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Basic Sciences: Symposium: Exercise, Brain and Behaviour

Effects of acute physical exercise on central serotonergic systems


Editor(s): Dishman, Rod K. Chair

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Medicine & Science in Sports & Exercise: January 1997 - Volume 29 - Issue 1 - p 58-62
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There is substantial evidence for mood effects, whether positive(e.g., antidepressant, anxiolytic) (34,36) or negative (e.g., overtraining-induced depression) (37) of acute/chronic physical exertion in humans. For obvious reasons, the neurochemical substrates of these psychological outcomes of exercise cannot be directly investigated in humans; on the other hand, indirect analyses of neurotransmitter biosynthesis have been frequently achieved through blood, and to a lesser extent, cerebrospinal fluid collection. For instance, the measurement of the effects of physical exercise upon tryptophan disposition in blood (9,22,27) and the concentration of 5-hydroxyindoleacetic acid (5-HIAA, the metabolite of 5-HT) in cerebrospinal fluid (38) has provided indirect indices favoring the hypothesis that exercise affects the central serotonergic systems. On the other hand, direct evidence for an effect of acute/repeated exercise on central serotonergic systems can be reached through animal models of exercise, especially rodents. However, animal models are far from being perfect since the reasons for the need to exercise in humans, including those emanating from social and health programs, cannot be reproduced in animal models. In addition, what is true for the reasons to exercise is also true for its consequences, especially those related to mood. Thus, rodents rarely (not to say never) fill out questionaries related to their mood changes! Hopefully, the rapid progress in neurosciences, especially in the field of psychopharmacology, has facilitated the usefulness of animal models in the study of anxiety- and depression-like behaviors. Taken together, the data obtained with these models have shown that numerous antidepressant and anxiolytic drugs have selective effects upon serotonergic systems, whether through blockade of 5-HT reuptake (e.g., selective serotonin reuptake inhibitors: SSRI) or through agonist/antagonist properties at 5-HT receptors(e.g., 5-HT1A receptor partial agonists)(6,29). This thus suggests that central serotonergic systems could be (one of) the link(s) between the exercising task and its positive mood effects. A prerequisite to this hypothesis is that acute exercise affects central serotonergic systems: this review will try to show that although numerous points remain obscure available data favor this hypothesis, at least in rodents.


Brain 5-HT synthesis depends on two main variables, the neuronal concentration of its precursor, tryptophan, and the activity of its rate-limiting enzyme, tryptophan hydroxylase (which converts tryptophan into 5-hydroxytryptophan) (11). Thus, increases in tryptophan availability increase 5-HT synthesis whereas the opposite treatments known to reduce tryptophan availability diminish 5-HT synthesis rate. In addition, depolarization and, in turn phosphorylation-induced increases in tryptophan hydroxylase activity, leads to increases in 5-HT synthesis independent from changes in tryptophan availability. We are thus confronted with two regulatory and complementary mechanisms that govern 5-HT synthesis rate, the first linked to precursor availability and the second intrinsic to the electrical properties of the serotonergic neurones. To date, most studies have focused on the influence of exercise upon tryptophan entry into the brain (and hence into the serotonergic neurones) rather than on tryptophan hydroxylase activity.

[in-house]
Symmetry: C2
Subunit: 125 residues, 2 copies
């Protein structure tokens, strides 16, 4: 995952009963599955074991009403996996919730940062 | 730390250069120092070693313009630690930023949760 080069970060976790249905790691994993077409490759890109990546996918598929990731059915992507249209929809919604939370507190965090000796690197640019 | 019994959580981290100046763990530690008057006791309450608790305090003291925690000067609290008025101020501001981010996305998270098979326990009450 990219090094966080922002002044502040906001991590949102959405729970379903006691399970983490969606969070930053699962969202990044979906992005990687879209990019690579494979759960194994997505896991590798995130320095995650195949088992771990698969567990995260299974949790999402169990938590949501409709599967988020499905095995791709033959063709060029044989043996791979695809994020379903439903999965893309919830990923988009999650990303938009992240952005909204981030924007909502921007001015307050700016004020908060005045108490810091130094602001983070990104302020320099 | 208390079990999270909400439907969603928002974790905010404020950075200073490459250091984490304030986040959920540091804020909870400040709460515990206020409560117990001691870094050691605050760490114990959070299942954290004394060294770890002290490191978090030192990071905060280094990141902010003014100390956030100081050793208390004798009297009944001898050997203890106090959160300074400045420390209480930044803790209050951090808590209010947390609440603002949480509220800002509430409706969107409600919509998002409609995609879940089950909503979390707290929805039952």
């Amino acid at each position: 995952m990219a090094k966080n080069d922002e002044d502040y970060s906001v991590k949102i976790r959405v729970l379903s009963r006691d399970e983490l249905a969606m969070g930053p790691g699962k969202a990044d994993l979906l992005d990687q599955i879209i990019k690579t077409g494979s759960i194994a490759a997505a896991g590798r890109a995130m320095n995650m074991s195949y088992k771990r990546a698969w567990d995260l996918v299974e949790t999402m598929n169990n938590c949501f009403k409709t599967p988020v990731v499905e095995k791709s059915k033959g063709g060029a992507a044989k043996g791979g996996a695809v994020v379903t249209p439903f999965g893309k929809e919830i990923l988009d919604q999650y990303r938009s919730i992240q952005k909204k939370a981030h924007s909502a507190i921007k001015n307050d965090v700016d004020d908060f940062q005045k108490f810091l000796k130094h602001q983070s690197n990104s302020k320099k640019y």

I have stated that tryptophan-induced changes in 5-HT synthesis find their origins in peripheral metabolism. Actually, brain proteolysis is weak and tryptophan is an essential amino acid, two points that underlie the key control of brain tryptophan levels by blood tryptophan levels. One illustration of this link is provided by the observation that peripheral(intraperitoneal or intravenous) tryptophan administration increases brain tryptophan levels and then 5-HT synthesis (11,16). However, things are rendered more complicated than suggested because blood tryptophan exists as two forms, with a great majority of tryptophan molecules being bound to albumin and only a small fraction being under a“free” form (35). Moreover, the equilibrium between bound and free tryptophan is displaced by free fatty acids in favor of the free form, owing to the competition between free fatty acids and tryptophan for albumin binding (35). For instance, fasting, which promotes high rates of lipolysis and hence high circulating levels of free fatty acids, is associated with increases in free tryptophan and decreases in bound tryptophan, respectively. However, beside these tryptophan-dependent regulatory mechanisms, brain 5-HT synthesis is also regulated by the circulating levels of the so-called “large neutral” amino acids, which include aromatic amino acids and branched-chain amino acids. Thus, these amino acids compete with tryptophan at the level of a transporter located on the blood-brain barrier, and increases or decreases in the levels of these competing amino acids can promote(independently from changes in circulating tryptophan levels) decreases and increases, respectively, in brain tryptophan levels and then 5-HT synthesis(26). For instance, peripheral administration of the branched-chain amino acid valine leads to a decrease in brain tryptophan availability and 5-HT synthesis. Lastly, one additional variable to be taken into account is the intrinsic concentration of circulating (free/bound) tryptophan. Actually, the latter is controlled by the activity of tryptophan pyrrolase, an enzyme located in the liver which rapidly metabolizes tryptophan via the so-called “kynurenine pathway” (2). If tryptophan pyrrolase is activated (e.g., by glucocorticoids), circulating free and bound tryptophan levels will decrease, thereby reducing brain tryptophan availability few hours later (12).